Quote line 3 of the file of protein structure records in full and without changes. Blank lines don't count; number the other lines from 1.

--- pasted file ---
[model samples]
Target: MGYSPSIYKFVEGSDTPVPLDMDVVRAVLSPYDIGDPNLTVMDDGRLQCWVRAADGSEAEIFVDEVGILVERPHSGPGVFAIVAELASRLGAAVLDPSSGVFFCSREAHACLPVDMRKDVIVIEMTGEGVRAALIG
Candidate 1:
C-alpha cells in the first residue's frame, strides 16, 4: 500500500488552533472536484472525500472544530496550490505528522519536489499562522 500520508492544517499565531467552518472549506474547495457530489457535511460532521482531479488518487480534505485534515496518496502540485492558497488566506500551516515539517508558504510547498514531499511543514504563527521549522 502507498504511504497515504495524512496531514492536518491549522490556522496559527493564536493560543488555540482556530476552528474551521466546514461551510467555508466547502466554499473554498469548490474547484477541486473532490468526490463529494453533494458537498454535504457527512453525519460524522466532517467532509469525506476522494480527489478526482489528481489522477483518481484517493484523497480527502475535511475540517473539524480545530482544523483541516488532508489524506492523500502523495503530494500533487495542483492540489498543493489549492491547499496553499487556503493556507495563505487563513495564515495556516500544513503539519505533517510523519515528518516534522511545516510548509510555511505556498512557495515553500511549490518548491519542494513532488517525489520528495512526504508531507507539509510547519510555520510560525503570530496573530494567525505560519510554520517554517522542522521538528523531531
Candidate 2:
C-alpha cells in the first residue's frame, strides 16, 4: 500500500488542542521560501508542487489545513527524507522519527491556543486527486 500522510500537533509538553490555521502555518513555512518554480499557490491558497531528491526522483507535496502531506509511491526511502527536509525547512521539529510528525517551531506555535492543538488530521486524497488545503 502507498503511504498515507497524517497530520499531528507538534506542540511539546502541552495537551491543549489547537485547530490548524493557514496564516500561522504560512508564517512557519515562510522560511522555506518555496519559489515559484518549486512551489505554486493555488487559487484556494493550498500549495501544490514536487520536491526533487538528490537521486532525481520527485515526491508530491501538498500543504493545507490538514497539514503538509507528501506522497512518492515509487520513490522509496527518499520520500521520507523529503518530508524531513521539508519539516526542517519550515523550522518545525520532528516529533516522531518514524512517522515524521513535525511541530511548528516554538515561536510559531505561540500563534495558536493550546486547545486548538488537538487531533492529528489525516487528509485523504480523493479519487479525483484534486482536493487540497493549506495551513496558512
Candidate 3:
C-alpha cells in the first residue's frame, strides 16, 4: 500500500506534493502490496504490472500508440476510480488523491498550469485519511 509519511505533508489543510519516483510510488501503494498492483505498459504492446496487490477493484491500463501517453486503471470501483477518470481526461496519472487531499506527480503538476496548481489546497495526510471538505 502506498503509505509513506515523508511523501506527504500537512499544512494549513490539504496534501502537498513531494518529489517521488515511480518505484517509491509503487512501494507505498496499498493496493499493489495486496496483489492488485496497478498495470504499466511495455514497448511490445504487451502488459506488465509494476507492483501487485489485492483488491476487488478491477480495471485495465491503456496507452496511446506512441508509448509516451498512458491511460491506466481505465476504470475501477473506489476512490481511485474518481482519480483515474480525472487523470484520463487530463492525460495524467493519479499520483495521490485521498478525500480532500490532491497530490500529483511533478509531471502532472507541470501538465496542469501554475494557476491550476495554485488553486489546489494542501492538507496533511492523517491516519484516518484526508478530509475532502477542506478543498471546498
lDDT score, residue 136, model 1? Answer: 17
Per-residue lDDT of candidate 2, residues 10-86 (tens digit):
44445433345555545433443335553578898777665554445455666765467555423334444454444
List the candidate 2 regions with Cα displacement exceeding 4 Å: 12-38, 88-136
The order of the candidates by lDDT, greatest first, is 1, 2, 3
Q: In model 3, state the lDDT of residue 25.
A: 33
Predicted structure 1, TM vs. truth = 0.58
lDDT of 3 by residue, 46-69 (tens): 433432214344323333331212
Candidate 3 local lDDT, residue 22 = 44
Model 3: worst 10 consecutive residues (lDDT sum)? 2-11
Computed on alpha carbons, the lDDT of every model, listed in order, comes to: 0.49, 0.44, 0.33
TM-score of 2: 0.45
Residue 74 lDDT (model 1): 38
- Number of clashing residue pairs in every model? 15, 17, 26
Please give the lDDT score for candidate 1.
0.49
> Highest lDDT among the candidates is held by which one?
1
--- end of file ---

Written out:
Candidate 1: